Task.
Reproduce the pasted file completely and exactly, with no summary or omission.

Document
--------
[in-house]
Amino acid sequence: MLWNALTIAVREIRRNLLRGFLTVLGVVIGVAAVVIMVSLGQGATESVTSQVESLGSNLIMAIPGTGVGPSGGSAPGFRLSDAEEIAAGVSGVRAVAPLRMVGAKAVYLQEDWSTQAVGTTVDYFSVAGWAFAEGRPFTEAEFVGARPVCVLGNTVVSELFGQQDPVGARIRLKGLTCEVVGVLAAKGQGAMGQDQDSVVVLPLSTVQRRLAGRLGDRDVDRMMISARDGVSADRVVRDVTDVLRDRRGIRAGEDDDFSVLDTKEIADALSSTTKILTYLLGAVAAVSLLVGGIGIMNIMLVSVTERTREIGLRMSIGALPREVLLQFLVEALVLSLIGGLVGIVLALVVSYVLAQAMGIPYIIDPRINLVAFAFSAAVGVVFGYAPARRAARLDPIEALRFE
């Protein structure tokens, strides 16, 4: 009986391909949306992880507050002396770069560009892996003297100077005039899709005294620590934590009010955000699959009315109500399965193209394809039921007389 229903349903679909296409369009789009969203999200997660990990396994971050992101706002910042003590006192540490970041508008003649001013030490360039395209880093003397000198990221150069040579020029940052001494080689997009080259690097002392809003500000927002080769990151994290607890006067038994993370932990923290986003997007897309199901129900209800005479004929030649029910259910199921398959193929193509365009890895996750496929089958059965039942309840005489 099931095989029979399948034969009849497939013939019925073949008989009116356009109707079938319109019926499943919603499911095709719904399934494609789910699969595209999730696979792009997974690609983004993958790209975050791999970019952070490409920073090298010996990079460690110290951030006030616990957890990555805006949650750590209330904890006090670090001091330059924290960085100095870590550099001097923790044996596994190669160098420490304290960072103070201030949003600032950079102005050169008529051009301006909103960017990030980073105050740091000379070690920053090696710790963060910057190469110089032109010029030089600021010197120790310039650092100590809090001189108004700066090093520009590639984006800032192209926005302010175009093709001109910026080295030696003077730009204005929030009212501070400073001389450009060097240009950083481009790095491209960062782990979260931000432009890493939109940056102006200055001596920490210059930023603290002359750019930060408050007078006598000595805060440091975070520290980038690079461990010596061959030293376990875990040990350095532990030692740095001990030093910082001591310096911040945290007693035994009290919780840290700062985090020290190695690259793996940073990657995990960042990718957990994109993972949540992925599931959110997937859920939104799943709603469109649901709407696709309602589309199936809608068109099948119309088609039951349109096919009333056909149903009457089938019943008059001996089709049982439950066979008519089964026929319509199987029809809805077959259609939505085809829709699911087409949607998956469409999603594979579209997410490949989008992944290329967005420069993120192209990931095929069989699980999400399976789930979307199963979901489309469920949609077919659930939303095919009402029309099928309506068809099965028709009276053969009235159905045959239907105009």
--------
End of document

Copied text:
[in-house]
Amino acid sequence: MLWNALTIAVREIRRNLLRGFLTVLGVVIGVAAVVIMVSLGQGATESVTSQVESLGSNLIMAIPGTGVGPSGGSAPGFRLSDAEEIAAGVSGVRAVAPLRMVGAKAVYLQEDWSTQAVGTTVDYFSVAGWAFAEGRPFTEAEFVGARPVCVLGNTVVSELFGQQDPVGARIRLKGLTCEVVGVLAAKGQGAMGQDQDSVVVLPLSTVQRRLAGRLGDRDVDRMMISARDGVSADRVVRDVTDVLRDRRGIRAGEDDDFSVLDTKEIADALSSTTKILTYLLGAVAAVSLLVGGIGIMNIMLVSVTERTREIGLRMSIGALPREVLLQFLVEALVLSLIGGLVGIVLALVVSYVLAQAMGIPYIIDPRINLVAFAFSAAVGVVFGYAPARRAARLDPIEALRFE
């Protein structure tokens, strides 16, 4: 009986391909949306992880507050002396770069560009892996003297100077005039899709005294620590934590009010955000699959009315109500399965193209394809039921007389 229903349903679909296409369009789009969203999200997660990990396994971050992101706002910042003590006192540490970041508008003649001013030490360039395209880093003397000198990221150069040579020029940052001494080689997009080259690097002392809003500000927002080769990151994290607890006067038994993370932990923290986003997007897309199901129900209800005479004929030649029910259910199921398959193929193509365009890895996750496929089958059965039942309840005489 099931095989029979399948034969009849497939013939019925073949008989009116356009109707079938319109019926499943919603499911095709719904399934494609789910699969595209999730696979792009997974690609983004993958790209975050791999970019952070490409920073090298010996990079460690110290951030006030616990957890990555805006949650750590209330904890006090670090001091330059924290960085100095870590550099001097923790044996596994190669160098420490304290960072103070201030949003600032950079102005050169008529051009301006909103960017990030980073105050740091000379070690920053090696710790963060910057190469110089032109010029030089600021010197120790310039650092100590809090001189108004700066090093520009590639984006800032192209926005302010175009093709001109910026080295030696003077730009204005929030009212501070400073001389450009060097240009950083481009790095491209960062782990979260931000432009890493939109940056102006200055001596920490210059930023603290002359750019930060408050007078006598000595805060440091975070520290980038690079461990010596061959030293376990875990040990350095532990030692740095001990030093910082001591310096911040945290007693035994009290919780840290700062985090020290190695690259793996940073990657995990960042990718957990994109993972949540992925599931959110997937859920939104799943709603469109649901709407696709309602589309199936809608068109099948119309088609039951349109096919009333056909149903009457089938019943008059001996089709049982439950066979008519089964026929319509199987029809809805077959259609939505085809829709699911087409949607998956469409999603594979579209997410490949989008992944290329967005420069993120192209990931095929069989699980999400399976789930979307199963979901489309469920949609077919659930939303095919009402029309099928309506068809099965028709009276053969009235159905045959239907105009």